CERN Accelerating science

LHCb searches for CP violation

by Monica Pepe Altarelli

The phenomenon of violation of invariance under CP, the combined action of charge conjugation C and parity P, which is related to the difference between properties of matter and antimatter, is one of the most fundamental problems in physics. CP violation arises in the Standard Model (SM) from a single complex phase in the Cabibbo Kobayashi Maskawa (CKM) matrix that describes the transition between up- and down-type quarks by the emission of a W boson. However, the strength of the effect in the SM is largely insufficient to explain the dominance of matter over antimatter in the present universe. This motivates the search for sources of CP violation beyond the SM, which is one of the main objectives of the LHCb experiment. LHCb has been performing many accurate measurements of CP-violating asymmetries in processes involving beauty- and charm-hadron decays to determine whether they are consistent with the CKM mechanism or whether new physics should be invoked to explain them.

CP violation was initially discovered in K meson decays and subsequently observed in B meson decays, but never in any baryon decays. In a recent LHCb paper [1], a search was made for CP-violating asymmetries in the decay angle distributions of Lb baryons, particles with quark content bud, exploiting their large production rate at the LHC. The processes under study are the four-body decays of the Lb  baryon to pπ-π​+π- and to π π-K+K- . These are decays mediated by the weak interactions, which proceed through two different amplitudes of similar magnitude.  CP violation could arise from the interference of these two amplitudes with relative phases that differ between particle and antiparticle decays, leading to differences in the Land L(bar) decay rates. A powerful tool for displaying CP violation in weak decays is the investigation of triple product asymmetries. Asymmetries of scalar triple products of final-state particle momenta in the Lb centre-of-mass frame were studied to search for CP-violating effects using the whole run 1 data sample, corresponding to an integrated luminosity of 3 fb-1. The results were found to be consistent with CP symmetry for the less abundant Lbaryon decaying  to π πKK-, while evidence for CP violation in Lb baryons decaying to p π-ππ-   was found with a statistical significance corresponding to 3.3 standard deviations including systematic uncertainties. This represents the first evidence for CP violation in the baryon sector.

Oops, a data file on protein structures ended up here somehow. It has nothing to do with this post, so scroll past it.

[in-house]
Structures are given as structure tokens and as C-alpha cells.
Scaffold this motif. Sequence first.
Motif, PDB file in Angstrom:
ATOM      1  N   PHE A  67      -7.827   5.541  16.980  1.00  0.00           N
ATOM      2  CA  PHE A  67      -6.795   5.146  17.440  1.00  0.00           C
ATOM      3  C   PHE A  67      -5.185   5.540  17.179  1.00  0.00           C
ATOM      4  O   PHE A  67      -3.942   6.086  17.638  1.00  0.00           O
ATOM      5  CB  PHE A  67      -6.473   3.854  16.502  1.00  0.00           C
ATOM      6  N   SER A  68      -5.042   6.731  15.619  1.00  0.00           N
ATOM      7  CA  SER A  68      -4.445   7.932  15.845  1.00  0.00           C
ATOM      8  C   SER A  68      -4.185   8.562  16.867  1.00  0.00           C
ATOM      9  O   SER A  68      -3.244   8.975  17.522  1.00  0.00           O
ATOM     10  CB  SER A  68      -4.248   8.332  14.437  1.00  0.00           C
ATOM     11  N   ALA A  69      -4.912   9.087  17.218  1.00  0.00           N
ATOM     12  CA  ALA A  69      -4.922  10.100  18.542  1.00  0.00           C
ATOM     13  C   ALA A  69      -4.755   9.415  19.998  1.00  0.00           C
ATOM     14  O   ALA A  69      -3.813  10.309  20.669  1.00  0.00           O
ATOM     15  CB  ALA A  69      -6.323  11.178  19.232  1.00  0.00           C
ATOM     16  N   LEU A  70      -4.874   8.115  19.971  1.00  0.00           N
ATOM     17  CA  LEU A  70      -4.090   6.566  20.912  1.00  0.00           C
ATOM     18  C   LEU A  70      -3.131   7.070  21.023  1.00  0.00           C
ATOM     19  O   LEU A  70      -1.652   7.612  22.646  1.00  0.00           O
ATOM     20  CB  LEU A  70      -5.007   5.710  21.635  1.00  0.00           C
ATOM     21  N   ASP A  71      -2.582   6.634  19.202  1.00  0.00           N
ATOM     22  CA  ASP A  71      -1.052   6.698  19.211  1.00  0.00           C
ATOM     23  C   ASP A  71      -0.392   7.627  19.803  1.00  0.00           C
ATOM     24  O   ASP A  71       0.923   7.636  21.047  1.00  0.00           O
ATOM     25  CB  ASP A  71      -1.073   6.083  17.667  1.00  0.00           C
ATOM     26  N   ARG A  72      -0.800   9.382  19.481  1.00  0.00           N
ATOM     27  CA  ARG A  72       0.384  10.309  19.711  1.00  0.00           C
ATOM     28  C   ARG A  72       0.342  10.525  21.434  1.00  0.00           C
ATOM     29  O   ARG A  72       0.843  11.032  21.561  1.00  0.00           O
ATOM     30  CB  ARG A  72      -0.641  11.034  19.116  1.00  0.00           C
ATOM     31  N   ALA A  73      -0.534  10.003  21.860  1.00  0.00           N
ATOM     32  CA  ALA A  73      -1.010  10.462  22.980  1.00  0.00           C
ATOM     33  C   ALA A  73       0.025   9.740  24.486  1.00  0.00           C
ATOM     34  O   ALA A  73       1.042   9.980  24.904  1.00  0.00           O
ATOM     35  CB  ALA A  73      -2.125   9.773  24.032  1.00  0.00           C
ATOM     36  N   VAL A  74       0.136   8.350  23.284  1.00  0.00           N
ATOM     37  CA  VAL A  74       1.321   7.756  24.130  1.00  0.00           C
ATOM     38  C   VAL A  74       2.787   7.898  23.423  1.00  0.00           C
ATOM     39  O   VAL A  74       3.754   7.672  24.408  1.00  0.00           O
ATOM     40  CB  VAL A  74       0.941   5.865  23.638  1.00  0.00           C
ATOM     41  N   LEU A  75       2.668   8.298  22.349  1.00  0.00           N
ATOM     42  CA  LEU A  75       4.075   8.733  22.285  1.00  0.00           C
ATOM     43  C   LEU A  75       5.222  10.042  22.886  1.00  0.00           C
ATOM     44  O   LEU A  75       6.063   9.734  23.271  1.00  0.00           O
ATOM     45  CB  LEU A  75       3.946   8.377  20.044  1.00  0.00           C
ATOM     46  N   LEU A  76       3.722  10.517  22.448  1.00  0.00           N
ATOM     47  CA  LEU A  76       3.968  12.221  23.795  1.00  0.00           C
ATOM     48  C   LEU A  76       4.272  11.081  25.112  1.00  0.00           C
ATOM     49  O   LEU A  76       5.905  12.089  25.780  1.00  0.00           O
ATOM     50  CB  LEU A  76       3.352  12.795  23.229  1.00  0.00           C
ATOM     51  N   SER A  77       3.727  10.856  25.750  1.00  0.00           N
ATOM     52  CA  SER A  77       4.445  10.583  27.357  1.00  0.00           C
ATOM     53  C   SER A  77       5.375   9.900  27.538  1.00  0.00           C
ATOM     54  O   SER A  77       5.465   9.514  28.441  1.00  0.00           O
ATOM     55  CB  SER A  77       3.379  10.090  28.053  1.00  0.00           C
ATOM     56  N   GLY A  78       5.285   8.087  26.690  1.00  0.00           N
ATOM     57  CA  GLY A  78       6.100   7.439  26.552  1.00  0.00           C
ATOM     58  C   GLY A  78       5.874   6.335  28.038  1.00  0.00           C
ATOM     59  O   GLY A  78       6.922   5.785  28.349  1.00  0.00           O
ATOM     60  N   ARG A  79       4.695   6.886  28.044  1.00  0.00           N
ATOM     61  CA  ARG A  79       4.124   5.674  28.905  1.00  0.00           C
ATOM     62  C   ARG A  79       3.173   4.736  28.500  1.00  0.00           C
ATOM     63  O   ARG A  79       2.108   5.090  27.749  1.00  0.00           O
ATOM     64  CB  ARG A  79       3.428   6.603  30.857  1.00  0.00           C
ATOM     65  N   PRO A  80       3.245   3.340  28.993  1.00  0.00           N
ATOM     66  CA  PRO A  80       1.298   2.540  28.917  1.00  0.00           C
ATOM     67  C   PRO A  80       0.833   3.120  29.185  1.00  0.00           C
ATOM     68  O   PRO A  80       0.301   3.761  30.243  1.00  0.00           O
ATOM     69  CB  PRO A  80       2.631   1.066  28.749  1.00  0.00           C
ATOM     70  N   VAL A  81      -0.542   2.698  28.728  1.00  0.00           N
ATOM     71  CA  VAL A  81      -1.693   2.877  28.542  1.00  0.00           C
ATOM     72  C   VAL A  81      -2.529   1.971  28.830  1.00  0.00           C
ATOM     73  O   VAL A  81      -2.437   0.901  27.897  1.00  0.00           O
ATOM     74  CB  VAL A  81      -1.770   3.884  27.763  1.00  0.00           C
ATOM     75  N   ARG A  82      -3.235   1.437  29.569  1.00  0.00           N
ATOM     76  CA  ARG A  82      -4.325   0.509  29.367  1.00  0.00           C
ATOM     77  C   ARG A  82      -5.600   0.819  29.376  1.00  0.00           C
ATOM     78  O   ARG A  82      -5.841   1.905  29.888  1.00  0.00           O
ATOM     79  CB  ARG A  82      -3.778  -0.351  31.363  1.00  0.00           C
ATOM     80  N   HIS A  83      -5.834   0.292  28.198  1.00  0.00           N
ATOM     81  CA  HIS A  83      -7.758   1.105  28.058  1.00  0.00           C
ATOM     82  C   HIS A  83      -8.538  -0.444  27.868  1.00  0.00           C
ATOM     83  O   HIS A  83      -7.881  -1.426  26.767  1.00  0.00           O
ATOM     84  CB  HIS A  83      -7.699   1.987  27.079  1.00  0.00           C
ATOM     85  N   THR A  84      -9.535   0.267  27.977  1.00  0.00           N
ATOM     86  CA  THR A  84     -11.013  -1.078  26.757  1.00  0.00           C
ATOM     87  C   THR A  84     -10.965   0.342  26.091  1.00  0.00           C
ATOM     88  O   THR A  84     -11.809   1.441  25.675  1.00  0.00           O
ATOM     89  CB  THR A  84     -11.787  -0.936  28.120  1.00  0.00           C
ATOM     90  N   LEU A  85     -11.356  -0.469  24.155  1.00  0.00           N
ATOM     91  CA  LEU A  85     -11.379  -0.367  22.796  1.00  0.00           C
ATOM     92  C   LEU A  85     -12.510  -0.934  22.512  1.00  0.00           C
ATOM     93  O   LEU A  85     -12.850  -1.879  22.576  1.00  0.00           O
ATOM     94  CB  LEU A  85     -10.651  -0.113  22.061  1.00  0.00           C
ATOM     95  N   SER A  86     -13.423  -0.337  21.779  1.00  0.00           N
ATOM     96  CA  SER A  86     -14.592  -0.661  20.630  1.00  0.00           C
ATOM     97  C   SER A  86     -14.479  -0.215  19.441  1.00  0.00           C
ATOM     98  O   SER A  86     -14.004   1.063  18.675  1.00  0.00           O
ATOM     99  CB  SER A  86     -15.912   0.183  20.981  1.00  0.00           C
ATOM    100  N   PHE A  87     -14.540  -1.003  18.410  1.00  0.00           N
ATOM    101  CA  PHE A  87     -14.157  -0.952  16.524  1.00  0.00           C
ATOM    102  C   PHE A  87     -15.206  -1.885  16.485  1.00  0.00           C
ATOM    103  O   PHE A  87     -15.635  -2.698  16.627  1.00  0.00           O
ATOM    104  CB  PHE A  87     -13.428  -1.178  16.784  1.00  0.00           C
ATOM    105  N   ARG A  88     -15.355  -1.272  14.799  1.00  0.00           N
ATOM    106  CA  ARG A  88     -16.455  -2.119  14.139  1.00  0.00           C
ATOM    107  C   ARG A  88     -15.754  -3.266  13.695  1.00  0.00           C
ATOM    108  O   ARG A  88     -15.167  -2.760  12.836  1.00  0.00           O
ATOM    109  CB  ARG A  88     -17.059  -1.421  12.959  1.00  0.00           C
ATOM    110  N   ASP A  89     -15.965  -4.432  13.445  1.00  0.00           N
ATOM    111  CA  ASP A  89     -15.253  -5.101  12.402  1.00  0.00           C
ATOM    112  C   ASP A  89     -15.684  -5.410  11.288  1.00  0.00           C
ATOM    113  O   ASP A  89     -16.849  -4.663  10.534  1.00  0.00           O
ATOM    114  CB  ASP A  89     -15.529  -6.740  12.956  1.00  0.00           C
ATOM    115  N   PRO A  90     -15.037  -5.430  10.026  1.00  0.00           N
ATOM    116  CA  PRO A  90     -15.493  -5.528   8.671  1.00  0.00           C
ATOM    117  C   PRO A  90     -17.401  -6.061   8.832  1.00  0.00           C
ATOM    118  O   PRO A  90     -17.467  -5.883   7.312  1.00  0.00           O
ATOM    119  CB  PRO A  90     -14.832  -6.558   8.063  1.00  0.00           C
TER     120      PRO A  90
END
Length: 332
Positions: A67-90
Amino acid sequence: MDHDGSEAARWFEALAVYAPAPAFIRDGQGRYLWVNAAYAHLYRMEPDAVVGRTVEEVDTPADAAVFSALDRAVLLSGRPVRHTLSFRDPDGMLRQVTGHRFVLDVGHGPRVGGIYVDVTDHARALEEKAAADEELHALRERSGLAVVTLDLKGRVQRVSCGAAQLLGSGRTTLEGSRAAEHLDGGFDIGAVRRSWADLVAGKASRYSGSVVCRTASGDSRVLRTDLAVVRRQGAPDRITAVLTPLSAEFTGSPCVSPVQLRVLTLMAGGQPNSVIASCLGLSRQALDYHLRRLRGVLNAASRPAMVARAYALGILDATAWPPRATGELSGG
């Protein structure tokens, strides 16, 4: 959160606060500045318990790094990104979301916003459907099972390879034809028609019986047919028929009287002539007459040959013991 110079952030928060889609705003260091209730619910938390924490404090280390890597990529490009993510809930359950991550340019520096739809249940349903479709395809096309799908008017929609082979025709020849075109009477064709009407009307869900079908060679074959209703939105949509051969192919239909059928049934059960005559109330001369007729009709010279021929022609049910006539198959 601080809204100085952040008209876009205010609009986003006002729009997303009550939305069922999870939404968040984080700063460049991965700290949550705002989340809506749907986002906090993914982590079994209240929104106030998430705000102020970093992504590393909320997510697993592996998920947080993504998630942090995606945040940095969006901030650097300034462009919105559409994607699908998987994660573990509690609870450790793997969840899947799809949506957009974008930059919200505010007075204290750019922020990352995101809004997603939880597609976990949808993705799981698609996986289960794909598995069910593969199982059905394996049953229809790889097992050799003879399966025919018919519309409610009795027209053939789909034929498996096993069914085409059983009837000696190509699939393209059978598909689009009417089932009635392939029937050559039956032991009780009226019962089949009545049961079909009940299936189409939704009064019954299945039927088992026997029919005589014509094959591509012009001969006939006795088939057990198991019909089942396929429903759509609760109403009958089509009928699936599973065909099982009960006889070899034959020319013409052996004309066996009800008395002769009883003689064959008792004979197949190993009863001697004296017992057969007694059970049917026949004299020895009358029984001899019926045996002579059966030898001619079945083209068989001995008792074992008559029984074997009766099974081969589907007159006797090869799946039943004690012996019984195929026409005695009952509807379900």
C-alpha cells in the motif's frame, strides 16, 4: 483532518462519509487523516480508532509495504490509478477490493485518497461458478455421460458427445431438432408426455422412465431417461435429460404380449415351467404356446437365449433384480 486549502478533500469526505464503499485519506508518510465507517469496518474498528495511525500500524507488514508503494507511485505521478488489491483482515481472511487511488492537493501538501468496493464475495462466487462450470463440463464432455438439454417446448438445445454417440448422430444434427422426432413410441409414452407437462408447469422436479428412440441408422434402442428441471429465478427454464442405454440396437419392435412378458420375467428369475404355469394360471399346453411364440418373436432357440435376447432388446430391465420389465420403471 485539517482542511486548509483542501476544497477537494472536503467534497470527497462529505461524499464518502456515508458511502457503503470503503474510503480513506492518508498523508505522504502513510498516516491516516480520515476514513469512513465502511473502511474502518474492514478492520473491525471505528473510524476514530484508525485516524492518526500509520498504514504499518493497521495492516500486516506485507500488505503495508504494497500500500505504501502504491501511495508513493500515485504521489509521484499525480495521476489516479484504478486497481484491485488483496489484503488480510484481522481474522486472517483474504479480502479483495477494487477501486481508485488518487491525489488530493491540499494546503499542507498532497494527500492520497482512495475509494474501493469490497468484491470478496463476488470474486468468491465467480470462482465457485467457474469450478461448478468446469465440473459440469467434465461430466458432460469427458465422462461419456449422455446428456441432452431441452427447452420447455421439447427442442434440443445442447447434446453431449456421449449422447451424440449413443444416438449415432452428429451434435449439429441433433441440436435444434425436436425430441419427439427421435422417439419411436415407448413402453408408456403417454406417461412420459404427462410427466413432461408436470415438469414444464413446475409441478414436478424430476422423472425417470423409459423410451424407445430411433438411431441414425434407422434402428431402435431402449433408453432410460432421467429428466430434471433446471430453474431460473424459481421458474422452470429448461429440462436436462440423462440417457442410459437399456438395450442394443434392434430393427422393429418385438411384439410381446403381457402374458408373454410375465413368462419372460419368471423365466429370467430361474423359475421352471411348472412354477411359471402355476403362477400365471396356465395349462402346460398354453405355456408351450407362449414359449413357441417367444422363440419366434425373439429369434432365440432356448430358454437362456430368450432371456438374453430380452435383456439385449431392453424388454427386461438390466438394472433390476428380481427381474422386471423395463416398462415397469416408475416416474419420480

Reconstructed invariant mass distribution for Λb0  —>p π-π+ π- decays

Moving to charm, charm hadrons provide the only sector involving up-type quarks where CP-violating effects are expected to be observable. This uniqueness makes the study of their properties particularly relevant. CP violation in charm is still unobserved and is predicted by the SM to be below 10-3, a precision that is now within the LHCb’s reach. The decays under study were those of the D0 mesons to K+K- and to p+p-. Charm mesons are produced either directly in the proton-proton collisions or in the decays of heavier beauty particles. Only the first category was used in this analysis, which made use of the charge of the pion from a parent D*+ to D0p+ decay to distinguish between D0 and D0 (bar) mesons at production.

Asymmetry as a function of the proper decay time for the D0—> K+K- decay mode in the two samples with magnetic field vertically upwards and downwards.

The difference of the D0 and D0 (bar) meson decay rates into K+K- and to p+p- pairs, which is sensitive to CP violation, was measured as a function of their decay time t using the whole run 1 data sample. An essential part of the analysis was the accurate, data-driven study of systematic effects that could produce small deviations from an ideally CP-symmetric detector acceptance and mimic the effect of CP violation. The results [2] were found to be consistent with CP conservation, improving by nearly a factor two the previous world-leading measurements, also obtained by LHCb using the 2011 subsample of the current data. These are the most precise measurements of CP violation ever made in the charm sector, and are consistent with no CP violation with a precision of a few parts in 104.




[2] LHCb-CONF-2016-009; LHCb-CONF-2016-010


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